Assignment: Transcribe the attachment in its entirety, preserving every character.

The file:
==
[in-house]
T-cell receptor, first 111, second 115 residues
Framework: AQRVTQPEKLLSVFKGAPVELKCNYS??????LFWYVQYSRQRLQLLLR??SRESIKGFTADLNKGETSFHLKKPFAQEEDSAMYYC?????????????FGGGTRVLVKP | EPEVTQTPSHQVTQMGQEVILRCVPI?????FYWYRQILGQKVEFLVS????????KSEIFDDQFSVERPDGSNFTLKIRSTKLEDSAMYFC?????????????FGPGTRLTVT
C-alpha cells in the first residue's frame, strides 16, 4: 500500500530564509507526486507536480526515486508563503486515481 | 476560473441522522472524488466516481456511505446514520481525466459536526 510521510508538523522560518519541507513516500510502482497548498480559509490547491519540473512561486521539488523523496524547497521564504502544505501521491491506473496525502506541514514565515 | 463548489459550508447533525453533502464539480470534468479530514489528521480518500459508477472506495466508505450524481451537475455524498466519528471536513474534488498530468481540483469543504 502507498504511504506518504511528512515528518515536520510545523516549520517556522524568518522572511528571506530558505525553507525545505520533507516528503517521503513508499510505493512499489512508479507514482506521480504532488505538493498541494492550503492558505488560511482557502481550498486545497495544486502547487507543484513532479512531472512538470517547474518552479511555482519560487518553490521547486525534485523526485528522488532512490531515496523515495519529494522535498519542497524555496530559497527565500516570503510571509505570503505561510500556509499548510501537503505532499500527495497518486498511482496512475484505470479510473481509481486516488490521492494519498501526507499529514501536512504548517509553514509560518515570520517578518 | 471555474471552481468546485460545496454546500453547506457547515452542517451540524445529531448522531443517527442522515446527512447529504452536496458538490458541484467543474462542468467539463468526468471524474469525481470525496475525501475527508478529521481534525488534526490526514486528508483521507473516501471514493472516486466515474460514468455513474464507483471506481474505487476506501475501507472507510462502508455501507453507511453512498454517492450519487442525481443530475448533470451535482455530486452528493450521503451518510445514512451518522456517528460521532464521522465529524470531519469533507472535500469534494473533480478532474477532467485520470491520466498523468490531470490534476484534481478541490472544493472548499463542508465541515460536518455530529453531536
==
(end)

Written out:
[in-house]
T-cell receptor, first 111, second 115 residues
Framework: AQRVTQPEKLLSVFKGAPVELKCNYS??????LFWYVQYSRQRLQLLLR??SRESIKGFTADLNKGETSFHLKKPFAQEEDSAMYYC?????????????FGGGTRVLVKP | EPEVTQTPSHQVTQMGQEVILRCVPI?????FYWYRQILGQKVEFLVS????????KSEIFDDQFSVERPDGSNFTLKIRSTKLEDSAMYFC?????????????FGPGTRLTVT
C-alpha cells in the first residue's frame, strides 16, 4: 500500500530564509507526486507536480526515486508563503486515481 | 476560473441522522472524488466516481456511505446514520481525466459536526 510521510508538523522560518519541507513516500510502482497548498480559509490547491519540473512561486521539488523523496524547497521564504502544505501521491491506473496525502506541514514565515 | 463548489459550508447533525453533502464539480470534468479530514489528521480518500459508477472506495466508505450524481451537475455524498466519528471536513474534488498530468481540483469543504 502507498504511504506518504511528512515528518515536520510545523516549520517556522524568518522572511528571506530558505525553507525545505520533507516528503517521503513508499510505493512499489512508479507514482506521480504532488505538493498541494492550503492558505488560511482557502481550498486545497495544486502547487507543484513532479512531472512538470517547474518552479511555482519560487518553490521547486525534485523526485528522488532512490531515496523515495519529494522535498519542497524555496530559497527565500516570503510571509505570503505561510500556509499548510501537503505532499500527495497518486498511482496512475484505470479510473481509481486516488490521492494519498501526507499529514501536512504548517509553514509560518515570520517578518 | 471555474471552481468546485460545496454546500453547506457547515452542517451540524445529531448522531443517527442522515446527512447529504452536496458538490458541484467543474462542468467539463468526468471524474469525481470525496475525501475527508478529521481534525488534526490526514486528508483521507473516501471514493472516486466515474460514468455513474464507483471506481474505487476506501475501507472507510462502508455501507453507511453512498454517492450519487442525481443530475448533470451535482455530486452528493450521503451518510445514512451518522456517528460521532464521522465529524470531519469533507472535500469534494473533480478532474477532467485520470491520466498523468490531470490534476484534481478541490472544493472548499463542508465541515460536518455530529453531536